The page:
The lessons that were taught by Prof Pamela were the lessons that left the greatest impression. One that left me most inspired was that no matter what the world gives you, one should never give up, but instead, fight back and show the world that I don’t fall so easily. It is easier said than done. But by constantly reminding myself of these words, I have carved it into my mind and made myself much stronger with each set back. I see myself growing. Through experiences, I made myself larger than the problem so that I am able to better handle it compared to the past. I am able to solve a level 3 problem with a level 4 experience. So I have to constantly learn from my experience and upgrade it. This is my way of measuring myself.

Also through this process, I started to learn about myself. I start to understand more about why do I want so much for myself, what are my strengths and weaknesses, how do I deal with situations and many others as well. I am still on this road to self-discovery and I am not sure if I will ever find a definite answer. Nevertheless, my resolution would be to understand more about myself bit by bit everyday. I have set my dreams up high and hopefully to be a successful entrepreneur. I do not want to look back because I know that failure happens only when I admit defeat.

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TE-2010-S2: steve@baboonza.com

by Sng Wei Zhuang Steve

Collaborative Search

Collaborative Search

I’m quite disappointed with myself... I didn’t work on my own business idea for the project (which is why I admire Eric’s bold decision to venture out on his own). I didn’t really enjoy the course because I felt tired every Friday morning (it’s my only morning class for the term!). I didn’t participate much in class and I skipped classes twice! And just yesterday, I didn’t do well for the test. There are so many things I didn’t do, didn’t do well, or didn’t enjoy in the course, yet I have learned a lot.

From the TE project experience, I realized the importance of having a team of members with complementing expertise (finance, marketing, accounting, etc) and how badly I lack them in my own business currently. Unlike my TE team, my partners and I are all IS students. While we have strong IT background, we are not as bright when it comes to preparing cash flow statement, writing business plan and doing sales pitch. So if any of you reading my journal now is interested in my business (www.baboonza.com) and you think you are the person we currently lack, please contact me at steve@baboonza.com.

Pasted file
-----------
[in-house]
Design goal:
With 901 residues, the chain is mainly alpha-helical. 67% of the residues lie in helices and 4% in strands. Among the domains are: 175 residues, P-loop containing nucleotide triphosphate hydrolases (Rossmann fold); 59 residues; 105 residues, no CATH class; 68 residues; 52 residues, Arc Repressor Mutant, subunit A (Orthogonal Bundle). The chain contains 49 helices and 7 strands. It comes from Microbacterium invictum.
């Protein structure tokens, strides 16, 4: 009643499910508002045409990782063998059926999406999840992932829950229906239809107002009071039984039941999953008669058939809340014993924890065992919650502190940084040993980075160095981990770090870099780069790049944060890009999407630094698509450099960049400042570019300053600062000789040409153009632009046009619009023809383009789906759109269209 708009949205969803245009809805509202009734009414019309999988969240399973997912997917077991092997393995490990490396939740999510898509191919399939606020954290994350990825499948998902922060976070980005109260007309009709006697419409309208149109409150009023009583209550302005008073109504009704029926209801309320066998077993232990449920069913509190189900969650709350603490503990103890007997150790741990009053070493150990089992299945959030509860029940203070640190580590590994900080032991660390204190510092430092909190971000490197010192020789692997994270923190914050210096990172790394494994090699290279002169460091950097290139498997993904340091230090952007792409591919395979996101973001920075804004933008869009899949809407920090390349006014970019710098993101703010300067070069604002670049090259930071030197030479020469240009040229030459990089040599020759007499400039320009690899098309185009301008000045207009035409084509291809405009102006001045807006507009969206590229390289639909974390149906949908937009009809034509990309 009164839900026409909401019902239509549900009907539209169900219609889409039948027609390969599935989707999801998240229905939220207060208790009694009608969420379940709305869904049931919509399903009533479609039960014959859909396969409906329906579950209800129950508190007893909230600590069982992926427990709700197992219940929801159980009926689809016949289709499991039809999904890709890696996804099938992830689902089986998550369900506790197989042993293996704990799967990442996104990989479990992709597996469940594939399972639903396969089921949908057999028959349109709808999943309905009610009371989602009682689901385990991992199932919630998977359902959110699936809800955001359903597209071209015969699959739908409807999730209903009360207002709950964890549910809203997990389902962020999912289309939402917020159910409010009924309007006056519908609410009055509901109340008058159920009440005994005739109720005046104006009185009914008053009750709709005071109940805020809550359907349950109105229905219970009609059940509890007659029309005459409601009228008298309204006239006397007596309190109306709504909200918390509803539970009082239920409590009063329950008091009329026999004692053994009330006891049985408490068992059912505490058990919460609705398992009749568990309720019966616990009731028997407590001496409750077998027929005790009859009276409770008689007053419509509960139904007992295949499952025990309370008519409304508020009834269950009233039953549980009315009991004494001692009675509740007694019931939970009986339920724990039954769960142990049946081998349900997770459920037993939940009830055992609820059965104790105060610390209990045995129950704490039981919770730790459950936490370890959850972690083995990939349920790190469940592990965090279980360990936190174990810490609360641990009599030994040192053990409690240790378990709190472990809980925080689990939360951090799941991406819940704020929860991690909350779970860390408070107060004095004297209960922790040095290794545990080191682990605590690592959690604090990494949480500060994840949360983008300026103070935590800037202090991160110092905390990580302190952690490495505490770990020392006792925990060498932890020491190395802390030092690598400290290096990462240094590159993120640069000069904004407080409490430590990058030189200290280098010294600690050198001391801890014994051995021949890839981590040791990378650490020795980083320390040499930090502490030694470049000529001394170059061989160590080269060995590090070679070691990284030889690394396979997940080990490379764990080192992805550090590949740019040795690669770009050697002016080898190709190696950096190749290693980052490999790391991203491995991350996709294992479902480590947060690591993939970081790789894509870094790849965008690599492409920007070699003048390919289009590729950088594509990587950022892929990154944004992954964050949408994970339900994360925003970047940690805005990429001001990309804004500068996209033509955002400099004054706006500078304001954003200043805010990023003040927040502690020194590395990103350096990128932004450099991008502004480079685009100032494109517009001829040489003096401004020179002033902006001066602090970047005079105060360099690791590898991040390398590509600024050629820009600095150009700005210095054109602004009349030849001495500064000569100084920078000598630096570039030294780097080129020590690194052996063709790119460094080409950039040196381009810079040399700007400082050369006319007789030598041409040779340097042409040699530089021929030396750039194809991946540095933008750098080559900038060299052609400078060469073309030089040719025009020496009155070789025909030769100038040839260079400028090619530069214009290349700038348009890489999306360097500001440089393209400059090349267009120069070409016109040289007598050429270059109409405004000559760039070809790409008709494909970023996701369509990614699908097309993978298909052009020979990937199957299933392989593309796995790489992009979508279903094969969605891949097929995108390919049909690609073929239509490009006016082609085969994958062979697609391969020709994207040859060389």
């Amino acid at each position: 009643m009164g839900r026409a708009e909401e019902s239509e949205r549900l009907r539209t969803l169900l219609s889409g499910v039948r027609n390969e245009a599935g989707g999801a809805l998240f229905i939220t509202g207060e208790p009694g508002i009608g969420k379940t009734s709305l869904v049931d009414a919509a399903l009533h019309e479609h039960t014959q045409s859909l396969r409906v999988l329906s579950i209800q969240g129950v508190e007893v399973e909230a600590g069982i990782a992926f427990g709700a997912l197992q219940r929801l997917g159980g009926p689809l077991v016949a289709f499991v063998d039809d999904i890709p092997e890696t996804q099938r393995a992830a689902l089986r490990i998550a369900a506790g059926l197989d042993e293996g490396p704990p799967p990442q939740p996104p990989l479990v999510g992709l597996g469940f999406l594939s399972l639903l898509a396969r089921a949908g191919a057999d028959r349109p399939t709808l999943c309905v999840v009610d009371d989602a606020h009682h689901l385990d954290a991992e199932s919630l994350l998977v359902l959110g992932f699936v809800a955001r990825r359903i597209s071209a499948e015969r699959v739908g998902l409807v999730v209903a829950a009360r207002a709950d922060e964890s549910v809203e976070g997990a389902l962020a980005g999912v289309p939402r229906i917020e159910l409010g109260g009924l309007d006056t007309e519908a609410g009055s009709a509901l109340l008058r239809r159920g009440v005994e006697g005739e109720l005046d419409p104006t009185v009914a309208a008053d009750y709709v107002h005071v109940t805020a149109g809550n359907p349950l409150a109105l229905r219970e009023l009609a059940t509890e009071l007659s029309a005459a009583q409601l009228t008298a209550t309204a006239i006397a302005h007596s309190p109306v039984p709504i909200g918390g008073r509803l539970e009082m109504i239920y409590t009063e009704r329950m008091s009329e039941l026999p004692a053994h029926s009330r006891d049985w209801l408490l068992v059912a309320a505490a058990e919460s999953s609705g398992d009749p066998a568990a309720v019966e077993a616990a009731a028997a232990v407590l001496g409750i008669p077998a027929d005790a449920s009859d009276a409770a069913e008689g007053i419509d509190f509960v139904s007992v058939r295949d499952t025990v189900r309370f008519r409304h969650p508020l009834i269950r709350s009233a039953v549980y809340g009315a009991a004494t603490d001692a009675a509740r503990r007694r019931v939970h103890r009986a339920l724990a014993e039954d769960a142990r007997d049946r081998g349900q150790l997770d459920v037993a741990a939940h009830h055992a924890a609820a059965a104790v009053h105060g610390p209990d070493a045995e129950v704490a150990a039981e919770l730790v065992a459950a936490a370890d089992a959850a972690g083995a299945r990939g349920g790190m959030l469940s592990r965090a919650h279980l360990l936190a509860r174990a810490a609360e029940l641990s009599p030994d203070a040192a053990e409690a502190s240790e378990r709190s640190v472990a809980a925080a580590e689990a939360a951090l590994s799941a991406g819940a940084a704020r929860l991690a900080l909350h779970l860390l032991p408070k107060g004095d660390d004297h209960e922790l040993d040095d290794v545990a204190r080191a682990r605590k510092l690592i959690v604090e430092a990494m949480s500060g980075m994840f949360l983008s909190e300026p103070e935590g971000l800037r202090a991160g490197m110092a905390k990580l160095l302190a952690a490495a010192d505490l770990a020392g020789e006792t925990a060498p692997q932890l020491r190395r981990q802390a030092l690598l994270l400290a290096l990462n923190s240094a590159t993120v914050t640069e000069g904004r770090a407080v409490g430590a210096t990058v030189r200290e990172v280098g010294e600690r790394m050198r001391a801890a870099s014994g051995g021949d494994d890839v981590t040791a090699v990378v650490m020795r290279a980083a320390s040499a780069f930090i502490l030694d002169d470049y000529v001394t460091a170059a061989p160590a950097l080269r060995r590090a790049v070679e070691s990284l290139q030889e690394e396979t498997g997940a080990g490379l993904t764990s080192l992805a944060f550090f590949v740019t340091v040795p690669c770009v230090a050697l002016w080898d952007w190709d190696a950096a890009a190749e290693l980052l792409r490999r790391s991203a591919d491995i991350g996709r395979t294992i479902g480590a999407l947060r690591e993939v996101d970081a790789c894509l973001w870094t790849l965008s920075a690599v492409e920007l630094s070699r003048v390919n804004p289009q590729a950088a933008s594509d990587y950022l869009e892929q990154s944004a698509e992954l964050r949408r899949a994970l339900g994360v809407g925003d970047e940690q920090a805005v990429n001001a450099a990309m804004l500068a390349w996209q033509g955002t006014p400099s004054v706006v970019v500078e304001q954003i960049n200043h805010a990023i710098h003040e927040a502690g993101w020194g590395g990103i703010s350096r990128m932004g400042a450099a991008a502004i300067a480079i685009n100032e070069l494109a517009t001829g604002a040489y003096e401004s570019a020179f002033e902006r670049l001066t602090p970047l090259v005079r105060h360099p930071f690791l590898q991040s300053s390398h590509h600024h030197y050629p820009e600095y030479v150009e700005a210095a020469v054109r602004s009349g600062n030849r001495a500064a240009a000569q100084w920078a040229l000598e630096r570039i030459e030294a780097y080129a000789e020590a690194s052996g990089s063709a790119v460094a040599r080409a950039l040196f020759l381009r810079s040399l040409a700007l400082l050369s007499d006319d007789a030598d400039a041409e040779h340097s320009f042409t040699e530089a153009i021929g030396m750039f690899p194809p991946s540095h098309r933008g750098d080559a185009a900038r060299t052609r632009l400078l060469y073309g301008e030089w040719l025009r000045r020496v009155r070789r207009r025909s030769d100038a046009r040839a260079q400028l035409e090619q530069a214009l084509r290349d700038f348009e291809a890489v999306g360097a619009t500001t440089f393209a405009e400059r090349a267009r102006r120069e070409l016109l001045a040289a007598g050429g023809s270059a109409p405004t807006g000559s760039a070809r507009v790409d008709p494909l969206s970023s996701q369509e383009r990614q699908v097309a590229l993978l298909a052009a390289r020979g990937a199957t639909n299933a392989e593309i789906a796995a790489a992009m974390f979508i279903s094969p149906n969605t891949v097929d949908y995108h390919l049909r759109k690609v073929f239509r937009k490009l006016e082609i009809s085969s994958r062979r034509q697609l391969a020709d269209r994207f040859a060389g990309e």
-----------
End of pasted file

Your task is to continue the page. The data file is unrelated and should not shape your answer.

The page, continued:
In looking at this TE team, I can also see the harmony that keeps the team working together and moving forward. I think this is very important for any start-up because there are only a few founders and if there is no harmony and the founders fall out, the business is as good as dead.

Even though I got funding for my business, I got an initial blow to my confidence from the lukewarm response to my business’s closed beta launch. I even started to wonder if what we are building is that great or different from others. Same for this TE team, I believe there will be times when we as entrepreneurs will wonder if it is really worth working for. However, we can get encouragement, especially if we get them from our visionaries/early adopters. Your initial offering may not be great, but if you are great, your product/service will be great in the future. I have never doubted my ability. If I want and I spend the time, nothing is impossible.

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TE-2010-S2:Have conviction; Do what you believe in and believe in what you do

by Sudeshna Dutt

I must say that this module has by far been one of the most interesting modules I have ever taken in SMU in terms of getting a hands-on experience as well as facing several significant ups and downs in just over 13 weeks.